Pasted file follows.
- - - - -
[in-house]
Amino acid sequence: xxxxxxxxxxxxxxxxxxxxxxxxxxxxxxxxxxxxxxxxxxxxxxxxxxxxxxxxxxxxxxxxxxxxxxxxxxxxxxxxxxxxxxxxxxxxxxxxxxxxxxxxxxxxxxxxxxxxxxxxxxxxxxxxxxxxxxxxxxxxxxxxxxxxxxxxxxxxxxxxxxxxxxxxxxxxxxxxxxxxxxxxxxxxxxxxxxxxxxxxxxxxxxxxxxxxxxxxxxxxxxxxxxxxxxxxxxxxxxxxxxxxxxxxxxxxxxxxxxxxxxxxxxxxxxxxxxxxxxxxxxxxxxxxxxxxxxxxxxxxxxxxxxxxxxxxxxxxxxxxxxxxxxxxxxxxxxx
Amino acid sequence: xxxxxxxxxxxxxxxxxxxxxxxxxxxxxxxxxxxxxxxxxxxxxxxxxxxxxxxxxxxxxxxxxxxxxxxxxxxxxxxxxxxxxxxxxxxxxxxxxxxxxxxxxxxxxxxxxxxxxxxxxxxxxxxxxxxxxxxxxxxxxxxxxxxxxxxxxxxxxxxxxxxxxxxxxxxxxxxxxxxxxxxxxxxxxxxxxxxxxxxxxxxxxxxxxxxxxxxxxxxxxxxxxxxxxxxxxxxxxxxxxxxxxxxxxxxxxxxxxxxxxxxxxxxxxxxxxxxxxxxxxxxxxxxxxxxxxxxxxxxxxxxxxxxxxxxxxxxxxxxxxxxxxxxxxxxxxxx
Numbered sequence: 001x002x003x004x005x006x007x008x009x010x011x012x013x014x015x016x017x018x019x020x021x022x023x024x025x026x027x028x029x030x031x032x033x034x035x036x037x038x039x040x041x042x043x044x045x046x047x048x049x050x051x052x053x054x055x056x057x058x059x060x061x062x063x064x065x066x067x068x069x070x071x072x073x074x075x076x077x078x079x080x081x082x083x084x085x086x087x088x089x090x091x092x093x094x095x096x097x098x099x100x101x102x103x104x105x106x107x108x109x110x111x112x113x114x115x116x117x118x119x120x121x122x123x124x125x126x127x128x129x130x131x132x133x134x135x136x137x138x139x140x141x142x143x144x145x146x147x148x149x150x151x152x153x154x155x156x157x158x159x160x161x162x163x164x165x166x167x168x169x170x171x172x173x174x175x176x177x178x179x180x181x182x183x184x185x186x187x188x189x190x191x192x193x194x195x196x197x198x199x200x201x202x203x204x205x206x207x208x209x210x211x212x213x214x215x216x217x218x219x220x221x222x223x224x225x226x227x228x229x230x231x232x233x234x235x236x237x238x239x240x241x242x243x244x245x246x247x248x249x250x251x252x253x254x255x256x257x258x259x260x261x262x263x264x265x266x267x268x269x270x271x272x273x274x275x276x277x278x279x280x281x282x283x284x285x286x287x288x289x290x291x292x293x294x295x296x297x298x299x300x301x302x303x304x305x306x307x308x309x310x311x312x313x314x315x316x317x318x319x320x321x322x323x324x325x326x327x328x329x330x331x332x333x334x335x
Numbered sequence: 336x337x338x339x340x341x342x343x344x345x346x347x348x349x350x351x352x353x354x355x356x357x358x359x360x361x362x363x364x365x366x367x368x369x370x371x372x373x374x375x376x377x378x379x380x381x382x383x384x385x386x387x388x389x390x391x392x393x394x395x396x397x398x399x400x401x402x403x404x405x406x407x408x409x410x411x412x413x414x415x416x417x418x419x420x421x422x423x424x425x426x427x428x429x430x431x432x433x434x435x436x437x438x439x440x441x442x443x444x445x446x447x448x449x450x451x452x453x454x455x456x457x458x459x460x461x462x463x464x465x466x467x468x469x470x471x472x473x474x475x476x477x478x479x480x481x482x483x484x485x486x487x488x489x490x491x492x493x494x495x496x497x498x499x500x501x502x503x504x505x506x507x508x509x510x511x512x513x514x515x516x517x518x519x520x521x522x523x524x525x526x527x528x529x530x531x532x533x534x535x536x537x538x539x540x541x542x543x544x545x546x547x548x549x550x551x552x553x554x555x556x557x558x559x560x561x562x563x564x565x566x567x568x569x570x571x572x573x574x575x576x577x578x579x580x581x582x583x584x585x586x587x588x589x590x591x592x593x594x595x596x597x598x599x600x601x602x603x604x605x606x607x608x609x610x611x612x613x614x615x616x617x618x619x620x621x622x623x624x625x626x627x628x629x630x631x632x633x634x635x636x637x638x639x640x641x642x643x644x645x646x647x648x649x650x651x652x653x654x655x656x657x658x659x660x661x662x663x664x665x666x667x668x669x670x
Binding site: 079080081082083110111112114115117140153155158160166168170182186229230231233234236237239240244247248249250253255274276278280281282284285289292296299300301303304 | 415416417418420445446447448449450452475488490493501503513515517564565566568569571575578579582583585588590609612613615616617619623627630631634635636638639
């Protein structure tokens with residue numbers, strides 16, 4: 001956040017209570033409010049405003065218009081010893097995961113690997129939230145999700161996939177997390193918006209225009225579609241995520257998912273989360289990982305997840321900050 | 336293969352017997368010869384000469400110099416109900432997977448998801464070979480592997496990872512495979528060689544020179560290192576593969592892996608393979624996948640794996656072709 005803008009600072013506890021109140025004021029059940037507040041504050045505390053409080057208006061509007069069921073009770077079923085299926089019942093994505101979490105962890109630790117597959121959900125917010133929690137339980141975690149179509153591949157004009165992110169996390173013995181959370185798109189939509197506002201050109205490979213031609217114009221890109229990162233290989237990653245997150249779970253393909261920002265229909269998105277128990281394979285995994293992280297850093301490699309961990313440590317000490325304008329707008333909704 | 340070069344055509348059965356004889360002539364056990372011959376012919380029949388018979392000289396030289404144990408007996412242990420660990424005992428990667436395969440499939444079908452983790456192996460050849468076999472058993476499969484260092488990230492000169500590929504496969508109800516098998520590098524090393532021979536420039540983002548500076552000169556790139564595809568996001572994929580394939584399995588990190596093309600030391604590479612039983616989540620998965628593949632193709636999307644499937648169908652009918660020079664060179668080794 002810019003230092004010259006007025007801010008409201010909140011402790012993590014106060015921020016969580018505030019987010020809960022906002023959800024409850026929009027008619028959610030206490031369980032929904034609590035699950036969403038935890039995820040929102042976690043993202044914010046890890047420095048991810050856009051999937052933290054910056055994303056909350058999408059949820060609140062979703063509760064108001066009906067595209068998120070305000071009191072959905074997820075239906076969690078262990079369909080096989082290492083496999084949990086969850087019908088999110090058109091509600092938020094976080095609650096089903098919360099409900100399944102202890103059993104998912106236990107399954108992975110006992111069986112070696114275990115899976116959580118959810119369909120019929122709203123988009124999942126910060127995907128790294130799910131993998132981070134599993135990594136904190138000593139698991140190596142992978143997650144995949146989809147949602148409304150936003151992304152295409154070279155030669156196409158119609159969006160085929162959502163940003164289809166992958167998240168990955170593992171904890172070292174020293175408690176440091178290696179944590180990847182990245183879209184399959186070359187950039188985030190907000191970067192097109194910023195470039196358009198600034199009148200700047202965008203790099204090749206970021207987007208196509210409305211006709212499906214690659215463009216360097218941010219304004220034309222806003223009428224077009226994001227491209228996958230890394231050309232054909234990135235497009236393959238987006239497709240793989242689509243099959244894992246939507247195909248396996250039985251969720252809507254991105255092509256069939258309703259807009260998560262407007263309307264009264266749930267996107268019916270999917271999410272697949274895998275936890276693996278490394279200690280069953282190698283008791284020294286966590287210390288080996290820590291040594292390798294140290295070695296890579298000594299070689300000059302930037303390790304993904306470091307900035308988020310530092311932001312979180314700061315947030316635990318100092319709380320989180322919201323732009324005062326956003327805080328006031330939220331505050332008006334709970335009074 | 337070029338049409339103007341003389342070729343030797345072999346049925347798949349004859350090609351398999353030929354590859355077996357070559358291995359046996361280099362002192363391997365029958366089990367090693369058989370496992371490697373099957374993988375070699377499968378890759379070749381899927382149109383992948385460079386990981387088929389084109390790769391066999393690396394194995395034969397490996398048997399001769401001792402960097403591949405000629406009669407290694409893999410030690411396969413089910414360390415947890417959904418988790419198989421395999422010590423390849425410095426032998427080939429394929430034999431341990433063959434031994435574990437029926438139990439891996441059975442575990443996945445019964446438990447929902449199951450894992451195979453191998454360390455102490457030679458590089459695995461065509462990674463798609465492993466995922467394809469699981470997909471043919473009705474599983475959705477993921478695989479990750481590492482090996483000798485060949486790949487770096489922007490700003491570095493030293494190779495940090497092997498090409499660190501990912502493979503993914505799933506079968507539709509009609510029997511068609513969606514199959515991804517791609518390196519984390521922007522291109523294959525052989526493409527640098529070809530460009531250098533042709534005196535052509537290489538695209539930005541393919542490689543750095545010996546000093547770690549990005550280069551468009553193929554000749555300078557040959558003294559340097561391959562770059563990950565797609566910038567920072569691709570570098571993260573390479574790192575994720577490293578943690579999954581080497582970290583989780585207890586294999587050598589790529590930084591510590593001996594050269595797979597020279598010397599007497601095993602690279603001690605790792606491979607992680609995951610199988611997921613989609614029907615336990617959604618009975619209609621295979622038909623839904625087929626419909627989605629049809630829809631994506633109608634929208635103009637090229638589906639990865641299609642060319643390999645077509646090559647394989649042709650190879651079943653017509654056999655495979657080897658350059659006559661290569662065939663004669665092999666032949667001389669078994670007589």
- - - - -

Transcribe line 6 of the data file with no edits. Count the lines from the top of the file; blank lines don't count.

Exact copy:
Binding site: 079080081082083110111112114115117140153155158160166168170182186229230231233234236237239240244247248249250253255274276278280281282284285289292296299300301303304 | 415416417418420445446447448449450452475488490493501503513515517564565566568569571575578579582583585588590609612613615616617619623627630631634635636638639